The medical report mentioned defendant Gutierrez and discussed his limited involvement in the case. Defendant Gutierrez reviewed two sets of orbital X rays of the plaintiff. The medical report could not confirm the negative reading for an orbital fracture in the first set of X rays. These X rays were not available for review. The medical report confirmed the positive reading for an orbital fracture in the second set of X rays. As such, the medical report is not critical of the X ray reviewed by defendant Gutierrez. Thus, the medical report is insufficient for a meritoriousness determination as to defendant Gutierrez.
The medical report also mentioned defendant St. James Hospital. The involvement of defendant St. James Hospital in the case is limited to the review of its alleged agent Gutierrez. Given the preceding Discussion, the medical report is insufficient for a meritoriousness determination as to defendant St. James Hospital.
The plaintiff contends the circuit court abused its discretion in denying leave to amend and in dismissing the action with prejudice.
The determination of whether the pleadings are sufficient to comply with section 2 -- 622 is a matter of discretion for the circuit court. This pleading determination depends on the facts and circumstances of each case. (Alford, 169 Ill. App. 3d at 854-55, 523 N.E.2d at 569.) Where the pleadings are determined to be insufficient, the circuit court must determine whether to allow amendment or dismissal. Absent a manifest abuse of discretion, the amendment or dismissal determination of the circuit court will not be disturbed on appeal. McCastle v. Sheinkop (1987), 121 Ill. 2d 188, 194, 520 N.E.2d 293, 296.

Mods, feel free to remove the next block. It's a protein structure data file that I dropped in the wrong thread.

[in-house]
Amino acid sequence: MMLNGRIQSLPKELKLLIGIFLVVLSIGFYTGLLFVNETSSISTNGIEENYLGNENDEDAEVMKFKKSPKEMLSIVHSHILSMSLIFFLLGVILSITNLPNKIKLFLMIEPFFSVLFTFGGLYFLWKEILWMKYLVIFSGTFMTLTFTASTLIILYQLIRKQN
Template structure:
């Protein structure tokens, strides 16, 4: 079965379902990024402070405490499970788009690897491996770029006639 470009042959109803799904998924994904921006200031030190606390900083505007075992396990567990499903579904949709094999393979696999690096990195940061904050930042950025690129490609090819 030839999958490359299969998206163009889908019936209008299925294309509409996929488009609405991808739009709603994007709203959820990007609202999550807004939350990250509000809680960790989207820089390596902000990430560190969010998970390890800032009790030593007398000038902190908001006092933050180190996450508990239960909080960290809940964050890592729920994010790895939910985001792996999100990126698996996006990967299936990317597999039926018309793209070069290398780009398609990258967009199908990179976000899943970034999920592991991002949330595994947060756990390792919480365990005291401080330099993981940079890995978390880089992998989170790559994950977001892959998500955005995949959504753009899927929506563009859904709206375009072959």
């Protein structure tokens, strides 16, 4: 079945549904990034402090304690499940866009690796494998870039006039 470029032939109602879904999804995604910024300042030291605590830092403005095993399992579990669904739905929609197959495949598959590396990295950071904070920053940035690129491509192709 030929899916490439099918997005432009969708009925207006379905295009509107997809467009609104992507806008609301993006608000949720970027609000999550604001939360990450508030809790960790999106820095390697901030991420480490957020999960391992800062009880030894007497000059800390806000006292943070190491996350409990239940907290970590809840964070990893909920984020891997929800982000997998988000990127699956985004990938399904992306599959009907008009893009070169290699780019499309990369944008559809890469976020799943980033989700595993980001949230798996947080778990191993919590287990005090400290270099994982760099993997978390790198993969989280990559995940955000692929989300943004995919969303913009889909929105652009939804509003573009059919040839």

"medical malpractice plaintiff should be afforded every reasonable opportunity to establish his case." (Hansbrough v. Kosyak (1986), 141 Ill. App. 3d 538, 549, 490 N.E.2d 181, 188.) Accordingly, amendments to pleadings are to be liberally allowed to enable medical malpractice actions to be decided on their merits rather than on procedural technicalities. The test is the furtherance of the ends of Justice. Taylor v. City of Beardstown (1986), 142 Ill. App. 3d 584, 491 N.E.2d 803.